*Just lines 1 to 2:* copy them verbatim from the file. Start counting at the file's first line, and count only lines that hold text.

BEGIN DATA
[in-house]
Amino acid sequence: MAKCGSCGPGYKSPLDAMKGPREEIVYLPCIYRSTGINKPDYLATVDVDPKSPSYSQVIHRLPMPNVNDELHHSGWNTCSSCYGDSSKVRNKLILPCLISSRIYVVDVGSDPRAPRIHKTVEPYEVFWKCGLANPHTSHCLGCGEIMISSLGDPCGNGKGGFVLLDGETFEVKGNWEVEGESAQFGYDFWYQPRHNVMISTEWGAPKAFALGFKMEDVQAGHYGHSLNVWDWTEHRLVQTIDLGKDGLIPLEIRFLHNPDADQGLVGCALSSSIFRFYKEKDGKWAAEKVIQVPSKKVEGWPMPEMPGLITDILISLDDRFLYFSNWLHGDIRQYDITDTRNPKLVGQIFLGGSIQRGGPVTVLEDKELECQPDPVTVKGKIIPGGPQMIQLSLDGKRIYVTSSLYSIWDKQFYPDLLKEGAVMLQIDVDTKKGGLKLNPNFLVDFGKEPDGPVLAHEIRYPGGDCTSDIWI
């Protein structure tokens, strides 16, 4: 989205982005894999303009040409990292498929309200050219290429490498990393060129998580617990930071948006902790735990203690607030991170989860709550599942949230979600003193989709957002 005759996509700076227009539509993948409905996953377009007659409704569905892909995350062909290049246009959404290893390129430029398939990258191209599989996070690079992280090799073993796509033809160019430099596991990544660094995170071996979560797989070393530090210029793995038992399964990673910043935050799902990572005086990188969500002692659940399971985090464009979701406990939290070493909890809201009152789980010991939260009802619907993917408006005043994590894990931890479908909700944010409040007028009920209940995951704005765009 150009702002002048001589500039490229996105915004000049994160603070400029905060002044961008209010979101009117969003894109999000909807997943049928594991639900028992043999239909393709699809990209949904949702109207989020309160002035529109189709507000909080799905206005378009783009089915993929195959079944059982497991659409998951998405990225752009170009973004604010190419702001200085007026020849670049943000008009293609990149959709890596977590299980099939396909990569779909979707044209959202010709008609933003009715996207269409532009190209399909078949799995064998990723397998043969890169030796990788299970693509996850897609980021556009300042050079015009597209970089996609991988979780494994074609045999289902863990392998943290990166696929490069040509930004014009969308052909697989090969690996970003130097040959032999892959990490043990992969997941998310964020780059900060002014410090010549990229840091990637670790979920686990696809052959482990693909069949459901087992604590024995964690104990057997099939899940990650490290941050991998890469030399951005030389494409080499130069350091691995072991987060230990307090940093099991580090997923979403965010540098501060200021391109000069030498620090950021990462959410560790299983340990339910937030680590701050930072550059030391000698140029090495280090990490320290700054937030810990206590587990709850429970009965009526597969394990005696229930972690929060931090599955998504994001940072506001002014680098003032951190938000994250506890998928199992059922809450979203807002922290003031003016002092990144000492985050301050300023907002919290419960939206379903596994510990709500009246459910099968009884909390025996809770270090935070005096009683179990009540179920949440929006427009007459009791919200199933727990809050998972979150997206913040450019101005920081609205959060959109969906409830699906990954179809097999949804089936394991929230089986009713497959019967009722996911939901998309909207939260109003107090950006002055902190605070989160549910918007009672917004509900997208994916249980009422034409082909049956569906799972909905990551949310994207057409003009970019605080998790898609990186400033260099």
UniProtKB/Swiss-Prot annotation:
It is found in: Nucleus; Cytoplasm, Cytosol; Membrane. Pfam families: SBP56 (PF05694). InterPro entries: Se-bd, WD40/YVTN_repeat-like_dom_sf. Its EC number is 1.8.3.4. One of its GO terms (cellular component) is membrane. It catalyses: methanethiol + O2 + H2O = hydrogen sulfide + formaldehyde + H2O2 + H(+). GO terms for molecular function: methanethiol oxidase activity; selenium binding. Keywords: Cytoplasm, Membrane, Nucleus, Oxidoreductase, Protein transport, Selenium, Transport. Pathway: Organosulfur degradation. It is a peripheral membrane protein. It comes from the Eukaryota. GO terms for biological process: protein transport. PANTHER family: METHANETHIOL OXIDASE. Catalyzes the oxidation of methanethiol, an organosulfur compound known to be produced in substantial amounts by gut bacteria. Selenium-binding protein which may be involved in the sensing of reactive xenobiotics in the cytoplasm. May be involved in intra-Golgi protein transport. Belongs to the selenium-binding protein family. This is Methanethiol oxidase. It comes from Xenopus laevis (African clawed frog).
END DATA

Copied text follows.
[in-house]
Amino acid sequence: MAKCGSCGPGYKSPLDAMKGPREEIVYLPCIYRSTGINKPDYLATVDVDPKSPSYSQVIHRLPMPNVNDELHHSGWNTCSSCYGDSSKVRNKLILPCLISSRIYVVDVGSDPRAPRIHKTVEPYEVFWKCGLANPHTSHCLGCGEIMISSLGDPCGNGKGGFVLLDGETFEVKGNWEVEGESAQFGYDFWYQPRHNVMISTEWGAPKAFALGFKMEDVQAGHYGHSLNVWDWTEHRLVQTIDLGKDGLIPLEIRFLHNPDADQGLVGCALSSSIFRFYKEKDGKWAAEKVIQVPSKKVEGWPMPEMPGLITDILISLDDRFLYFSNWLHGDIRQYDITDTRNPKLVGQIFLGGSIQRGGPVTVLEDKELECQPDPVTVKGKIIPGGPQMIQLSLDGKRIYVTSSLYSIWDKQFYPDLLKEGAVMLQIDVDTKKGGLKLNPNFLVDFGKEPDGPVLAHEIRYPGGDCTSDIWI